Rev 17:1. This chapter (like some others) goes back to the time just before the Reformation, and will make symbolic predictions of that revolution. It should be stated that while the institution of church and state (which has not yet been dissolved as to the start of this chapter), is regarded as Babylon the Great and an enemy of God, the church part of the combination will seem to receive the more attention from the Lord in his condemnations. That is because it deals with the affairs of the soul which are more important than those of the secular government. Yet because the apostate church was supported by the political power of Rome and her Empire, much of the language in the symbols will be based upon the geographical and political features of that city. Show unto thee the judgment or give John a prediction of God's judgments in a vision. The great whore is said of the apostate church because false religions of all kinds are likened to immorality in figurative language. Sitteth upon many waters. Waters in symbolic language means people upon whom the corrupt institution pressed down with her desolating weight of intolerance and persecution. Comments by Foy E. Wallace Rev 17:1 Introduction. X THE HARLOT WOMAN ON THE SCARLET BEAST (Chapter 17) The contents of this chapter comprised the announcement of the angel to reveal to John the judgment to have been passed upon the harlot city. Before performing the announcement, however, the angel carried John away into a wilderness for a visional description of this harlot. These remaining chapters of the apocalypse surrounded only two opposite figures--the old apostate Jerusalem in contrast with the New Jerusalem, the Victorious Church of Christ. The old Judaistic Jerusalem with all of her apostasies must have been removed in order for the New Jerusalem, the church--or kingdom of Christ--to have come into world-wide sway. Hence, symbolic Babylon the Harlot and figurative New Jerusalem, the Bride (the church), were the center of the remaining apocalypses. Later, John was transported in vision to a mountain where he was allowed to view the Bride, the wife of the Lamb (the church of Christ)--but before doing so, the first angel summoned the Seer in spirit to appropriate surroundings to reveal the identity and character of Babylon, the great, the mother of the harlots, and abominations of the earth, and to visualize the judgment that was to come upon her--for the destruction of the Harlot must precede the victory of the Bride. The seventeenth and eighteenth chapters must be considered as one--for the announced judgment upon the Harlot by the angel at the beginning of chapter seventeen was suspended by the vision of the Harlot; and another angel descended in chapter eighteen to explain the mystery of Babylon the great, and to reveal the judgment against her in the overthrow and destruction of the city which the Harlot represented. There are numerous reasons why the Harlot could not have been the city of Rome. It is stated in this chapter that the beast hated the Harlot. But the beast admittedly was the Roman Empire, and if Rome was the Harlot, the Roman Empire hated the city of Rome. The beast being the empire, the Harlot was of necessity some other than Rome. First: The hatred of the beast for the Harlot harmonized with the animosity of both the Roman Empire and of Rome, its capitol city, toward Jerusalem. Third: There was no basis for a symbol or an analogy in which Rome could have been depicted as having Second: The latter half of Revelation beginning with chapter twelve was recapitulatory of the first half ending with chapter eleven, under another and different set of symbols. In Rev 11:8 the names Sodom and Egypt were symbolically applied to apostate Jerusalem, and thus identified by the descriptive clause where also our Lord was crucified. It was because of these apostasies and abominations that the symbolic name Babylon in Rev 14:8 was applied to the fallen city of Jerusalem. become a harlot, for Rome never stood in the spiritual relation to God as a faithful city, turned to harlotry. The Harlot was a city once faithful to God, and only Jerusalem can fulfill the symbolic descriptions. Fourth: The apocalypse was not directly concerned with Rome, or the Roman Empire; rather, they were envisioned only as the instrument in the execution of judgment on Jerusalem, which in her multiplied apostasies had come to be symbolized as the mother of harlots and abominations of the earth, i. e. Judea and Palestine. All of this was in direct fulfillment of the things Jesus foretold in the twenty-third and twenty-fourth chapters of Matthew and the twenty-first chapter of Luke concerning the apostasies and abominations which would bring doom to the city of Jerusalem. For example read Mat 23:34-37 : "Wherefore, behold, I send unto you prophets, and wise men, and scribes: and some of them ye shall kill and crucify; and some of them shall ye scourge in your synagogues, and persecute them from city to city: that upon you may come all the righteous blood shed upon the earth, from the blood of righteous Abel unto the blood of Zacharias son of Barachias, whom ye slew between the temple and the altar. Verily I say unto you, All these things shall come upon this generation. 0 Jerusalem, Jerusalem, thou that killest the prophets, and stonest them which are sent unto thee, how often would I have gathered thy children together, even as a hen gathereth her chickens under her wings, and ye would not !" The words of Stephen in denunciation of Jerusalem's abominations in Act 7:52-53 were predictive of this doom: "Which of the prophets have not your fathers persecuted? and they have slain them which showed before of the coming of the Just One; of whom ye have been now the betrayers and murderers: Who have received the law by the disposition of angels, and have not kept it." The culmination of the Lord's upbraidings and Stephen's denunciation of Jerusalem were reached in John's visions of Jerusalem as Sodom, Egypt and Babylon, with her abominations and harlotry. There are other such portents of the downfall and doom of Jerusalem in the discourses of Christ and in the apostolic epistles, all of which come within the scope of John's visions. In chapter seventeen two chief figures were introduced: First, the old Jerusalem as the Harlot; and the persecuting power of Rome as the beast upon which the Harlot sat. Corollary to these two symbolic characters were the two judgments, one against the woman, the other against the beast in the form of the announced destruction of both. However, as the beast symbolized the Roman Empire, it was only as the persecuting instrument; hence, the destruction of the beast which should be accomplished was not the empire itself but the persecuting power which the beast embodied and personified. Seeing that chapters seventeen and eighteen deal with Jerusalem as the Harlot, and the persecuting power of the beast as the Roman Empire, the verses of the two chapters fall into an orderly sequence. (1) The harlot sitting upon the waters--Rev 17:1-2. (2) The woman on the scarlet coloured beast--Rev 17:3-8. (3) The great wonder comprehended--Rev 17:9-11. (4) The coordination of the ten kings--Rev 17:12-18. Verse 1. (1) The harlot sitting upon the waters--Rev 17:1-2. "And there came one of the seven angels which had the seven vials, and talked with me, saying unto me, Come hither; I will show unto thee the judgment of the great whore that sitteth upon many waters." The term harlot has been used always in a figurative sense to denote wicked cities, as of Nineveh in Nah 3:4; and of Jerusalem in Isa 1:21; and of Israel, when the nation became a harlot by the practice of idolatry in Revelation. So here apostate Jerusalem, in broken relation with God, was given the mystic name Babylon, the mother of harlots. From generations past the execration of Israel had increased from the time of prophet's reprobations in Isa 1:21 to the Lord's lamentations in Mat 23:29-39. By the elders of Israel the official responsibility for crucifying the Christ was placed upon Jerusalem in Mat 27:25. The martyr Stephen laid upon Jerusalem with the criminal charges of "betrayers and murders" in Act 7:52. The descriptions in Rev 14:8 Revelation 17 :l-6; 18:1-2, were but extensions of the same exposures in the continuing apostasies of Jerusalem. The vision of the harlot that sitteth upon many waters was based upon the fact and the history that Jerusalem depended on her affiliations with the Roman Empire and its tributaries for commerce, revenue and support. This statement has been considered an indication that the Harlot was Rome, sitting on the waters. But the same figure of speech was applied to Babylon in Jer 51:13 : "0 thou that dwellest upon many waters." It was not a reference to a literal geographical location, but to commercial sources of revenue and support; and it was a very impressive imagery of Jerusalem's dependence on affiliations with the heathen tributaries of Rome.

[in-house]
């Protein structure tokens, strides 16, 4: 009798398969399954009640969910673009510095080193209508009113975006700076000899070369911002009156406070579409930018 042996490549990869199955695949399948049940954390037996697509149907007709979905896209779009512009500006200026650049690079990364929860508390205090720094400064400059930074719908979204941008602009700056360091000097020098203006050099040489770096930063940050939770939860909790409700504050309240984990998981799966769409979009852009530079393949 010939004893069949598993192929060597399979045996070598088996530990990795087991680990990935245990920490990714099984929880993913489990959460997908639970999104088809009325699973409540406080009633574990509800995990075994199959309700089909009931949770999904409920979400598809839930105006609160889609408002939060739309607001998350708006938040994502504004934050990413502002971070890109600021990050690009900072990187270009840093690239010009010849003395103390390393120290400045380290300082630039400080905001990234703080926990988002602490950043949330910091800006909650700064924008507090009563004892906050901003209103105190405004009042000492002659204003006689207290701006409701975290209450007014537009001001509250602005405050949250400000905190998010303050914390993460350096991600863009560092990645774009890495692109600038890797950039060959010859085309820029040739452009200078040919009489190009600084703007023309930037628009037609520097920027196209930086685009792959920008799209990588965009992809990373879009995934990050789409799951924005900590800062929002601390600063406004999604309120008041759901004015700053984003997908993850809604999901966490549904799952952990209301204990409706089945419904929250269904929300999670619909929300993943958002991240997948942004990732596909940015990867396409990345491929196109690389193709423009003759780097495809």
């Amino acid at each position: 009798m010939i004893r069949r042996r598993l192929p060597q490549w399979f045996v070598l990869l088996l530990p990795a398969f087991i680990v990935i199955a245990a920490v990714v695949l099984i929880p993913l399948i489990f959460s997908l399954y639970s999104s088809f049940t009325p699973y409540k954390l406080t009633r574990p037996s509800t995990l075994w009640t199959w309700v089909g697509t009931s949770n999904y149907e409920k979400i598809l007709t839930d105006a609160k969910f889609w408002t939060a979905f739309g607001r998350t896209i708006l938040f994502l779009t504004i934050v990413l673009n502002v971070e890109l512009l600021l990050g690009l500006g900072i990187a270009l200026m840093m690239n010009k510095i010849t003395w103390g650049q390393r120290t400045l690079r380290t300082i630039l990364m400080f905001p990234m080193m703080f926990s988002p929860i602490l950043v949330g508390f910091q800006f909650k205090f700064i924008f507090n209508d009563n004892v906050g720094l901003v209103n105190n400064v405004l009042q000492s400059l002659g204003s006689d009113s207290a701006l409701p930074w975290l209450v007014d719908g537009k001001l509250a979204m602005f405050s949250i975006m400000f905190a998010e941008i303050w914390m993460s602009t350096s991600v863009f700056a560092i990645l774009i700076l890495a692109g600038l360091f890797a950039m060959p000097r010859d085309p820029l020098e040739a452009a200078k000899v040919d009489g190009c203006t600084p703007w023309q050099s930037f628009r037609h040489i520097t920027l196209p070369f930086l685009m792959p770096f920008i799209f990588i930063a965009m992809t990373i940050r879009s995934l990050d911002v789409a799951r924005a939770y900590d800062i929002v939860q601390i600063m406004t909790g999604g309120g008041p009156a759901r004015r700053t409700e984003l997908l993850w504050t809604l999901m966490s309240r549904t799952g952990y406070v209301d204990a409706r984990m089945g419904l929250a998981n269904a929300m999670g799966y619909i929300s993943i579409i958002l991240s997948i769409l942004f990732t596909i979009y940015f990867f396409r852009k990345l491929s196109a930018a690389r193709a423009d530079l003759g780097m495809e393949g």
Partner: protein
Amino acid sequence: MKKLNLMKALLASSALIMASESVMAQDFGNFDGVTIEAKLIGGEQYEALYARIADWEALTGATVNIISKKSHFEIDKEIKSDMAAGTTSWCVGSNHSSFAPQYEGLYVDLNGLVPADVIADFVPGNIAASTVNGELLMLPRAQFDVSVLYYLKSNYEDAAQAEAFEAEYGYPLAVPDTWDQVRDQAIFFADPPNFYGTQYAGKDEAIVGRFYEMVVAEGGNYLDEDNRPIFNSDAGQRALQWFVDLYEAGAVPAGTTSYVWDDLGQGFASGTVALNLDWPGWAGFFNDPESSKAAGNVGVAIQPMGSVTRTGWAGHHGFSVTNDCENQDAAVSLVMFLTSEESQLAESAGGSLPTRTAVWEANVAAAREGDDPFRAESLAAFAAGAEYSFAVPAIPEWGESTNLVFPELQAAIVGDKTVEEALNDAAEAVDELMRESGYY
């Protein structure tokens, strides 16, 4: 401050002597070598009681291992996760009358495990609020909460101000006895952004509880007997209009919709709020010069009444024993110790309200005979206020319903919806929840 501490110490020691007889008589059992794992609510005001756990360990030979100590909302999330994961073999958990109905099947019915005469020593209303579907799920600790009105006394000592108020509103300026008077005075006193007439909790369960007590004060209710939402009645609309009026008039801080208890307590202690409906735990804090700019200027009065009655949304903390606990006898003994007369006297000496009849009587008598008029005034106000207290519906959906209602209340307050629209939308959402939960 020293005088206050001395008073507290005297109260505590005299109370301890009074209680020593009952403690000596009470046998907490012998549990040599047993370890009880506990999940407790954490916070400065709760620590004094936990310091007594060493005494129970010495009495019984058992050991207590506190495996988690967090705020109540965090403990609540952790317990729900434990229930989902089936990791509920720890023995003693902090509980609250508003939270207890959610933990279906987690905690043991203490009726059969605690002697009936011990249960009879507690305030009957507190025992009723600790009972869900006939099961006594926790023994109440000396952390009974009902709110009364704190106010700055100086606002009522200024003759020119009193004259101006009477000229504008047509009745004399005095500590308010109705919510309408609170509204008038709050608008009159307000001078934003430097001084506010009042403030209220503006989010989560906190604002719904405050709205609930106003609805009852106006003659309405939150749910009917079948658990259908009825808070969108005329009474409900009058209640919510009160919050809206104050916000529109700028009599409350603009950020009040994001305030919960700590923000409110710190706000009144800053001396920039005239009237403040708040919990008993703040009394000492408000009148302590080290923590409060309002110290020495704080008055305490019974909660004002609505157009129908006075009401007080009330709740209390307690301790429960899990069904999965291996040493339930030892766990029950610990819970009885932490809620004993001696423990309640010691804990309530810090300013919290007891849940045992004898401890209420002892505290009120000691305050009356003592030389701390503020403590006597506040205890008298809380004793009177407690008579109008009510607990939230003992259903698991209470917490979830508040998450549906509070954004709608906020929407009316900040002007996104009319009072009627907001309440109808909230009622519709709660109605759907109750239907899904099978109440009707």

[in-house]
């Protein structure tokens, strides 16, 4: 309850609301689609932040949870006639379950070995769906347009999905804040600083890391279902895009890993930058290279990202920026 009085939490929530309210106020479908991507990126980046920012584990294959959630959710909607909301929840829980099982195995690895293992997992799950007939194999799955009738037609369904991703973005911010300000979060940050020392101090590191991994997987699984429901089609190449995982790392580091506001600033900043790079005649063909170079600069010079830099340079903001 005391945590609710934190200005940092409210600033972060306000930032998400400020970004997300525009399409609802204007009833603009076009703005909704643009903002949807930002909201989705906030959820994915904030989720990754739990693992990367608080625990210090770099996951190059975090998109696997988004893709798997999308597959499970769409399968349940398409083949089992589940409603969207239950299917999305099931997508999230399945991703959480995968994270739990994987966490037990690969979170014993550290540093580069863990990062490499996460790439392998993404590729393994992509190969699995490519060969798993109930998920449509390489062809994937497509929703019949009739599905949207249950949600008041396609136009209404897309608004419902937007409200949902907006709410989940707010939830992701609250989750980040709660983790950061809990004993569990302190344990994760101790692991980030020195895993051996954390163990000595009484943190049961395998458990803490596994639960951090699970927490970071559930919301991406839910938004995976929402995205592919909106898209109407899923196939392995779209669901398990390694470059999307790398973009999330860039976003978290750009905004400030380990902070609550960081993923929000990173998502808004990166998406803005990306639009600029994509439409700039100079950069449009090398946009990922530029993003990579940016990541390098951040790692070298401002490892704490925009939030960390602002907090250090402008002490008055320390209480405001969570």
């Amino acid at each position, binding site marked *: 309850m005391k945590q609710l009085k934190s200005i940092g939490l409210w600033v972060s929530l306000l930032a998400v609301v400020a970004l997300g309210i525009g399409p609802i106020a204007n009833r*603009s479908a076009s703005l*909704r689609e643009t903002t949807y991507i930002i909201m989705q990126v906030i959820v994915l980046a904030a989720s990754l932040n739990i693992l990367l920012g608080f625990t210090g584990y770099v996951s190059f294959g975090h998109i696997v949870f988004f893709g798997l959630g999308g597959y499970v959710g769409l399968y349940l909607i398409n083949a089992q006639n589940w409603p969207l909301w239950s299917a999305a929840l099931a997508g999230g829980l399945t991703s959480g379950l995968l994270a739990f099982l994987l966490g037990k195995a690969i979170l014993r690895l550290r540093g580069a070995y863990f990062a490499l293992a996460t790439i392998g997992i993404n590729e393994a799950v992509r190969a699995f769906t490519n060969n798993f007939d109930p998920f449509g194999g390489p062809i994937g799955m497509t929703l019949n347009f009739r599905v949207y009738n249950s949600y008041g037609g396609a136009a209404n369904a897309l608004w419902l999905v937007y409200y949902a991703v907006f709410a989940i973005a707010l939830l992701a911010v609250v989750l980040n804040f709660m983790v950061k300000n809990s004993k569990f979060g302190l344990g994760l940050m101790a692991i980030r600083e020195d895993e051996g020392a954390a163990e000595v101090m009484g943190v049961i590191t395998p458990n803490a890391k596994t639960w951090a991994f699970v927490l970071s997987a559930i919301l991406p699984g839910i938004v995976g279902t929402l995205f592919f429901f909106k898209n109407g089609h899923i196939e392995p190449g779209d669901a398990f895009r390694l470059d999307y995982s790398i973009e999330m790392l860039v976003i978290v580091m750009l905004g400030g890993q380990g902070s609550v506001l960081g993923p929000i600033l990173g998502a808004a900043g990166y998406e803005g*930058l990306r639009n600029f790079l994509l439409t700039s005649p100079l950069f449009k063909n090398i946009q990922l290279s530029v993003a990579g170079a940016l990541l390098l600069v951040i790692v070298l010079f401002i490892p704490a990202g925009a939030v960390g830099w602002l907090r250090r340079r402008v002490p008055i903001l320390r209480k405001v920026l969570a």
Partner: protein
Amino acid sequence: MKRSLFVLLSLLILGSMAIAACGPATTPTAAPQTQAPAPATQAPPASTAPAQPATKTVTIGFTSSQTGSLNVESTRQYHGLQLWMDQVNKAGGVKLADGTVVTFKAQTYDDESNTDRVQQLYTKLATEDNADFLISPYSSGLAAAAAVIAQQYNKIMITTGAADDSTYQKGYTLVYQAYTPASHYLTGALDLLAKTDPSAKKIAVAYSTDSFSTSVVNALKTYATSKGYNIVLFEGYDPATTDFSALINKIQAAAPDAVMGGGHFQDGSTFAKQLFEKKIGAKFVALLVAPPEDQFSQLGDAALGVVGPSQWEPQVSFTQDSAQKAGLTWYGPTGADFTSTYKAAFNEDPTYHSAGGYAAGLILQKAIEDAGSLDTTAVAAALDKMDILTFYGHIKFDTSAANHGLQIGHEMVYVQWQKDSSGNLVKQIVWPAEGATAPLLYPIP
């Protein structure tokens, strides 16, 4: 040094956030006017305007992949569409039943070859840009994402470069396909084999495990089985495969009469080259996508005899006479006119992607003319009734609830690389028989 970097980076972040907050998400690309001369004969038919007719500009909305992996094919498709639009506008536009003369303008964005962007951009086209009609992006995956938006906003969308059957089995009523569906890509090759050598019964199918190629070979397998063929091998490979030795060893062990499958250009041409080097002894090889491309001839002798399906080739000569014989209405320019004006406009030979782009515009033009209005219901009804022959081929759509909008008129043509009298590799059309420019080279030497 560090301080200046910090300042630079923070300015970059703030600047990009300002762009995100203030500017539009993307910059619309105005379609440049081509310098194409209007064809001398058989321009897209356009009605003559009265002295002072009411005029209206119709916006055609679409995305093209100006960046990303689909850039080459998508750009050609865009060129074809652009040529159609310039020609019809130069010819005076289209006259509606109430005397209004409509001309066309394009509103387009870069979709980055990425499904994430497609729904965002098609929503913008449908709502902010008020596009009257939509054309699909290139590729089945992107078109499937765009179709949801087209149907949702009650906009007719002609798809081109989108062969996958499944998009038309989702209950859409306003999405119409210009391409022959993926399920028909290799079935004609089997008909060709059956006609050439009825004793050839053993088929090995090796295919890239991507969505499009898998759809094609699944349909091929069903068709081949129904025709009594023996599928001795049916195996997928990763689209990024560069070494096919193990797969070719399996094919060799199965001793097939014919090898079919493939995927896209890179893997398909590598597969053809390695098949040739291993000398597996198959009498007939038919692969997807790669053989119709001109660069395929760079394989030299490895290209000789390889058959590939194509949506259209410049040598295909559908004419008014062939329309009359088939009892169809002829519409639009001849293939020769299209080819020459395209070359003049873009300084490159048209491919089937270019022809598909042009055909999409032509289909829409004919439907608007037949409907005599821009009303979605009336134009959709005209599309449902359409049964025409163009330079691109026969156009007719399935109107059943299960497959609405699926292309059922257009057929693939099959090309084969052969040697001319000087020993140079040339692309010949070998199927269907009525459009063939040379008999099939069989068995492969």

Verse 2